Some institutional investors have begun appointing distressed debt managers, on stand-by as big financial institutions look for buyers of risky debt instruments that have slid in value. But many think there is room for the valuations of these assets to fall further. SIMON MUMME reports.

Despite the multi-billion dollar write-offs, stashes of venomous subprime debt and corporate loans whose values have dived for want of liquidity weigh down the balance sheets of big American investment banks. Would-be buyers stand by, looking for gold in the muck. Some hedge funds had already shorted the subprime mortgage securities market before it tumbled, with US firms Paulsons and Harbinger among the prescient.

Those who missed out the first time are now awaiting the second opportunity to profit from the carnage: by investing in some of these now-distressed assets for the long-term, according to Simon Eagleton, principal with Mercer Investment Consulting. But the valuations of these assets continue to reduce, and investors are waiting to see how much wider credit spreads will go.

The short answer? “No one actually knows what this stuff will be worth,” Eagleton says. Last December, there was approximately $430 billion of subprime losses in the global financial system that no institutions had owned up to, according to Peter Quinton, head of research at Bell Potter. He said that while a lot of subprime paper will be worthless, vultures are known to have bid 30 cents in the dollar for some of the derelict assets.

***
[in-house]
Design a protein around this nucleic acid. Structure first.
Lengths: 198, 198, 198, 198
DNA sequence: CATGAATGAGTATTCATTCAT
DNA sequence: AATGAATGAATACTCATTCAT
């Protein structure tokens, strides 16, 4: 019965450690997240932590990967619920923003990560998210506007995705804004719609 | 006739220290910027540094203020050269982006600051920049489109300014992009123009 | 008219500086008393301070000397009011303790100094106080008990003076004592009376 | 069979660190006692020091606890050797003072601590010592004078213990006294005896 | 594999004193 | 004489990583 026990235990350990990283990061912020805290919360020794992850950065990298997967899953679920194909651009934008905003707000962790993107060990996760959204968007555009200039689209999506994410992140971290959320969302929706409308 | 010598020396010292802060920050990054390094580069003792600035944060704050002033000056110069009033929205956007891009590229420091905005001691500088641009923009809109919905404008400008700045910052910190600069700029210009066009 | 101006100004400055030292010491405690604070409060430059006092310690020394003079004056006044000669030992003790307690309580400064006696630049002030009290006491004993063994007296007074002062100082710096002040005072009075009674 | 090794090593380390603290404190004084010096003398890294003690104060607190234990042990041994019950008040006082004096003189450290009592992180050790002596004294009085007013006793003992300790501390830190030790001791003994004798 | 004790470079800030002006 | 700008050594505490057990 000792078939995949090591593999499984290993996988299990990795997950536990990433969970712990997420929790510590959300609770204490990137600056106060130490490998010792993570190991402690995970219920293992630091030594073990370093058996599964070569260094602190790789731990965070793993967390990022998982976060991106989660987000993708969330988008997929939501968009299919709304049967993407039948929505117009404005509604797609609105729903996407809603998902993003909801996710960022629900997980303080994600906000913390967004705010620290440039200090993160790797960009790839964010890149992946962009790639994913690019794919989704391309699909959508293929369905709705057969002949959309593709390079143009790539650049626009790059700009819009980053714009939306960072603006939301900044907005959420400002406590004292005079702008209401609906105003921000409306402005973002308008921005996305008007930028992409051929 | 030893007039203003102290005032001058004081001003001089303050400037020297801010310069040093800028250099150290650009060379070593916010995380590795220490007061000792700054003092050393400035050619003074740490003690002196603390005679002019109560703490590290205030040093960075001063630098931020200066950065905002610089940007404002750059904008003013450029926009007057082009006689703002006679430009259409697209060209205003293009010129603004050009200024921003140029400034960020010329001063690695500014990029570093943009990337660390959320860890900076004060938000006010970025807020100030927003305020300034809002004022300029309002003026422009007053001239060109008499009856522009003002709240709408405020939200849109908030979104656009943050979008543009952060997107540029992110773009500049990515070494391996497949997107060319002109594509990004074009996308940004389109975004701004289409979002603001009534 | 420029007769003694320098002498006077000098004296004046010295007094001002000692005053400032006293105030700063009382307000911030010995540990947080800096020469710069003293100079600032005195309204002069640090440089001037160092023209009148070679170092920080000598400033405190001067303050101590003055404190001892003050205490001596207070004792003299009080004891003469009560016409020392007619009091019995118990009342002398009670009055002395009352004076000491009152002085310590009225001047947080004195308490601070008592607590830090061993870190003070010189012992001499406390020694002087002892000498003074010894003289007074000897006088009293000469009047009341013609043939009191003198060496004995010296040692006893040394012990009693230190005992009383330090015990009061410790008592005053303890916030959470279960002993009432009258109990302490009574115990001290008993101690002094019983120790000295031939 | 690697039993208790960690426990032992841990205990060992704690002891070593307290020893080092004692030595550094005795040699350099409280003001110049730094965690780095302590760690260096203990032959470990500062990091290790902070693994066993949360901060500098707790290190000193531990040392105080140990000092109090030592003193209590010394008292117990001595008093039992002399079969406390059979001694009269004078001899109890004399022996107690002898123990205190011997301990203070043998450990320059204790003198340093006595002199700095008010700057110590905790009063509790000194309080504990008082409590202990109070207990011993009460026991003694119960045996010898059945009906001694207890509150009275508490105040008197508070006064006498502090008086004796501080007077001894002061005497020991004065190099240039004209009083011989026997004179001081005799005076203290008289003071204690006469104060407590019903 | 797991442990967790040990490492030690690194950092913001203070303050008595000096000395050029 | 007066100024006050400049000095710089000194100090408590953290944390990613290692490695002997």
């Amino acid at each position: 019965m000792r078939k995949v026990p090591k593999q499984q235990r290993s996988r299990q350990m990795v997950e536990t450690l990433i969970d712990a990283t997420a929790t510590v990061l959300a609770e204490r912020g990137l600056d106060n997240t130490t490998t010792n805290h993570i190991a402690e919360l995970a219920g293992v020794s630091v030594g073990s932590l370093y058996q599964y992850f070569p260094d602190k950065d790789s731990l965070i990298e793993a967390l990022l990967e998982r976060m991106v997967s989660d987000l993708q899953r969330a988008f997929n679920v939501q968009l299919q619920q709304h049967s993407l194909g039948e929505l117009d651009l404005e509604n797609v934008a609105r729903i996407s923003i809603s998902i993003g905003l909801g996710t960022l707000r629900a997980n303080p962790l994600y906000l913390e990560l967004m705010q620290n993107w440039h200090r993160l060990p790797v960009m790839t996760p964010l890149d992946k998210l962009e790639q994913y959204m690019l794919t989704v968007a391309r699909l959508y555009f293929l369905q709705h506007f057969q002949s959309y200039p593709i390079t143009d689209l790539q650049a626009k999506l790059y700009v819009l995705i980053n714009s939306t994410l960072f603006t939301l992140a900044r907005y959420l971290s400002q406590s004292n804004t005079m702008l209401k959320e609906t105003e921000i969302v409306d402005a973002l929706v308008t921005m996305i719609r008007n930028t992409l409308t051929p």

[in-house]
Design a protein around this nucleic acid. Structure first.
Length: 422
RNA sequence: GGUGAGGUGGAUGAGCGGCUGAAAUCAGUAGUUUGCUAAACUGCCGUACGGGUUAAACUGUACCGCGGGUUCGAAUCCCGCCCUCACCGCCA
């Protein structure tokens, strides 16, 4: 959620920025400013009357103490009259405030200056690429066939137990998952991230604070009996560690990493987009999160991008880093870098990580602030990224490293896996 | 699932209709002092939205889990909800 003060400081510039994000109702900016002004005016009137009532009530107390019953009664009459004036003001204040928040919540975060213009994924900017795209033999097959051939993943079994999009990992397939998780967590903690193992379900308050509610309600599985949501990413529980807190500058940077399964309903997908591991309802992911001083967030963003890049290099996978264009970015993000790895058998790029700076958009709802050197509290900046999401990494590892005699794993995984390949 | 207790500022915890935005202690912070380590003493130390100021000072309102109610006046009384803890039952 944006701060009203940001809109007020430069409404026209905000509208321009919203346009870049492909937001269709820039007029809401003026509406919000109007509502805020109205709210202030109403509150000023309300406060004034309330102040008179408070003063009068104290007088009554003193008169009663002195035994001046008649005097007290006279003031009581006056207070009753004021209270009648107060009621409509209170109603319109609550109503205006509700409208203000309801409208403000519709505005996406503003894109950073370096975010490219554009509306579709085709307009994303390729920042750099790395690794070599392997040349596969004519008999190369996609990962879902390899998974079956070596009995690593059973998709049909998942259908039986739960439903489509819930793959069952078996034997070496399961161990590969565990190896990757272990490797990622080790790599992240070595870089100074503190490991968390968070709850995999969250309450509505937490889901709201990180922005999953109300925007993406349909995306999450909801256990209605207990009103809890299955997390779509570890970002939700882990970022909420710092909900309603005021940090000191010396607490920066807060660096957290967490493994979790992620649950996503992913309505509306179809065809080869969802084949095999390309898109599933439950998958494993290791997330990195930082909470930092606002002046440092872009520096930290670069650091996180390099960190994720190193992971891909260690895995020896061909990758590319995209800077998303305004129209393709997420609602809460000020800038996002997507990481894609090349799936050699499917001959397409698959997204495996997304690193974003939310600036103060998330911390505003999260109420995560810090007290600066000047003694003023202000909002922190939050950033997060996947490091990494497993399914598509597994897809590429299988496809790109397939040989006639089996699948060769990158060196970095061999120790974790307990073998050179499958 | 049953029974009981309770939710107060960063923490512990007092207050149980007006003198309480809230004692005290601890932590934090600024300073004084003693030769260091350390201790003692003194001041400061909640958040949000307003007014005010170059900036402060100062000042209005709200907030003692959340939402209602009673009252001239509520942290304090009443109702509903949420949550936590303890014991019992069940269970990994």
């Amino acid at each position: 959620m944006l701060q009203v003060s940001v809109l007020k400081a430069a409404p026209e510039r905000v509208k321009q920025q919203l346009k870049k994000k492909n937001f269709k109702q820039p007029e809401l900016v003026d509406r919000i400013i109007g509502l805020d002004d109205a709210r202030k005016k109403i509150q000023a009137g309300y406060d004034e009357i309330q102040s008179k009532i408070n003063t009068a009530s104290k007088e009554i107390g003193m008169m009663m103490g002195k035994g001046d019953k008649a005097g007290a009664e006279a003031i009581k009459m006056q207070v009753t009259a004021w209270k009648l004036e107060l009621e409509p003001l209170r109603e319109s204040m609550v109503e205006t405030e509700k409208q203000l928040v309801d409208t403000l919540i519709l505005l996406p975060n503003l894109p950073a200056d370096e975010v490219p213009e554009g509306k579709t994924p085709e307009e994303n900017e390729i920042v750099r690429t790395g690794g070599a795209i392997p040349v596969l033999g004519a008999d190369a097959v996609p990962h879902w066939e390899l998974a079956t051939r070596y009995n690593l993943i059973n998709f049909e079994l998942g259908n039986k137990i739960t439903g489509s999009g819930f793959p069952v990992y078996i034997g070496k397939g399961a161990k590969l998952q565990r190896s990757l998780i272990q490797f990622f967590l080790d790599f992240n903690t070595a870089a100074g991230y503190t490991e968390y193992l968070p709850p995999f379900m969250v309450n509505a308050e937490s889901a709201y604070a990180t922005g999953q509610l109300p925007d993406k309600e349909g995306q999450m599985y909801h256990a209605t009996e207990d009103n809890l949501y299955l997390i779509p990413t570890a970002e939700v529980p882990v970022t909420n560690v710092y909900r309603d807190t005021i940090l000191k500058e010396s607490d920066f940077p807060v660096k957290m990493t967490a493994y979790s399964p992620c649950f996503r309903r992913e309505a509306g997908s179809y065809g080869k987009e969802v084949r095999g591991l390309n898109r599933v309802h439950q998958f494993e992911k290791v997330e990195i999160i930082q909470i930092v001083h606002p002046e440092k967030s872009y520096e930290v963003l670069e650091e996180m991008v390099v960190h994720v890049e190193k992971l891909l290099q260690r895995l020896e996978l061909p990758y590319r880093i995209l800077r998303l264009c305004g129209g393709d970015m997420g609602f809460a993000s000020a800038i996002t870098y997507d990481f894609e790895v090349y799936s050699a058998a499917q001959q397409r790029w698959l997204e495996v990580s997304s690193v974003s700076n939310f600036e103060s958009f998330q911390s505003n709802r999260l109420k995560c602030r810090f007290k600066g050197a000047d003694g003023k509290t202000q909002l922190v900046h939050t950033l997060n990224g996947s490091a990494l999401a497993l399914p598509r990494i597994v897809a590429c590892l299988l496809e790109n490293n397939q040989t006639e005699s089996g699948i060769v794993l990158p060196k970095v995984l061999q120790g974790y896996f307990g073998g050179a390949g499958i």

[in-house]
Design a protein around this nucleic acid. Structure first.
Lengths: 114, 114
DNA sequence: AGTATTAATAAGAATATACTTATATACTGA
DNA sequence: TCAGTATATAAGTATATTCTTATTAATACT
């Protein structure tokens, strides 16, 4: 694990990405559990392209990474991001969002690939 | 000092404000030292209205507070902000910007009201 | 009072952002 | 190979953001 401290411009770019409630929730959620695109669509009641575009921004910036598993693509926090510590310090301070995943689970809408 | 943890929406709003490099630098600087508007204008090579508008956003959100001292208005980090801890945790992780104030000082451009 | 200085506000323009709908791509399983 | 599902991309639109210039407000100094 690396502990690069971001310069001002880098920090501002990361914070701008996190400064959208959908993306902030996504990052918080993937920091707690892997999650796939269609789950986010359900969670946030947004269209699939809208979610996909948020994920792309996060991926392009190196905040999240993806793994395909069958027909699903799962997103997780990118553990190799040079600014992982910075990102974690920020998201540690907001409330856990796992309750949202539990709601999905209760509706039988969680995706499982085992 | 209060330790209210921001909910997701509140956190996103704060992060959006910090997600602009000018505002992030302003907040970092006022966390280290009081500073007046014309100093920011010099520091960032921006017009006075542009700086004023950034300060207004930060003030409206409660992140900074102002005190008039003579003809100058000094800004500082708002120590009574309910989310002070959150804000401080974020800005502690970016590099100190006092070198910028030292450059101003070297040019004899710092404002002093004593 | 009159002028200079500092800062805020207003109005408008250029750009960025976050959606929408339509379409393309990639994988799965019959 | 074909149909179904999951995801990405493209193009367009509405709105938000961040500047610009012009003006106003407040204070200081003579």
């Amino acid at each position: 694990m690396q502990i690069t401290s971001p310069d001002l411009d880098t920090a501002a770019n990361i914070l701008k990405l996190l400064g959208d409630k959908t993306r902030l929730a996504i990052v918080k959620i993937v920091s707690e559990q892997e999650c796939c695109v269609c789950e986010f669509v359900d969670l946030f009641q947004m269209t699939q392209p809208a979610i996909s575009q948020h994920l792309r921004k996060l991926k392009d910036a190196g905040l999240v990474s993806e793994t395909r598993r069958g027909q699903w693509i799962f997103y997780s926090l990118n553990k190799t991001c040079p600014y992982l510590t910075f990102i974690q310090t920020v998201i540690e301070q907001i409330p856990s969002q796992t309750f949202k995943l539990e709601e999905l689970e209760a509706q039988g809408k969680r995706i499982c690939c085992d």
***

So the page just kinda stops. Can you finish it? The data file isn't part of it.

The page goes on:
As early as June 2007, $9 billion hedge fund firm Marathon Asset Management announced it was setting up a subprimefocused distressed debt fund. In Australia, institutional investors are waiting to see how far valuations fall, and which assets their vulture managers want to pull out of the muck.

The Australian Reward Investment Alliance (ARIA) has set aside 1 per cent of its $18 billion portfolio to put into distressed debt opportunities as they arise. Alison Tarditi, ARIA chief investment officer, calls this strategy a “recession hedge”. According to David Field, senior portfolio manager in the global fixed interest division of Queensland Investment Corporation (QIC), investors should hit the distressed debt “sweet spot” some time in the second half of 2008, with more opportunities emerging in the following two years.

Field, who is responsible for researching and selecting external credit managers, says the definition of distressed debt has been stretched to include securities that have lost up to 10 per cent of their value, trading at $0.92 instead of $0.98, for example. Such assets were overvalued, not distressed. However, “about 80 per cent of the money in distressed debt vehicles goes to this type of debt,” Field says. Truly distressed assets have lost 70 per cent or more of their value, he says. Many of the subprime-backed securities that were written in late 2005 and onwards stand in this category.

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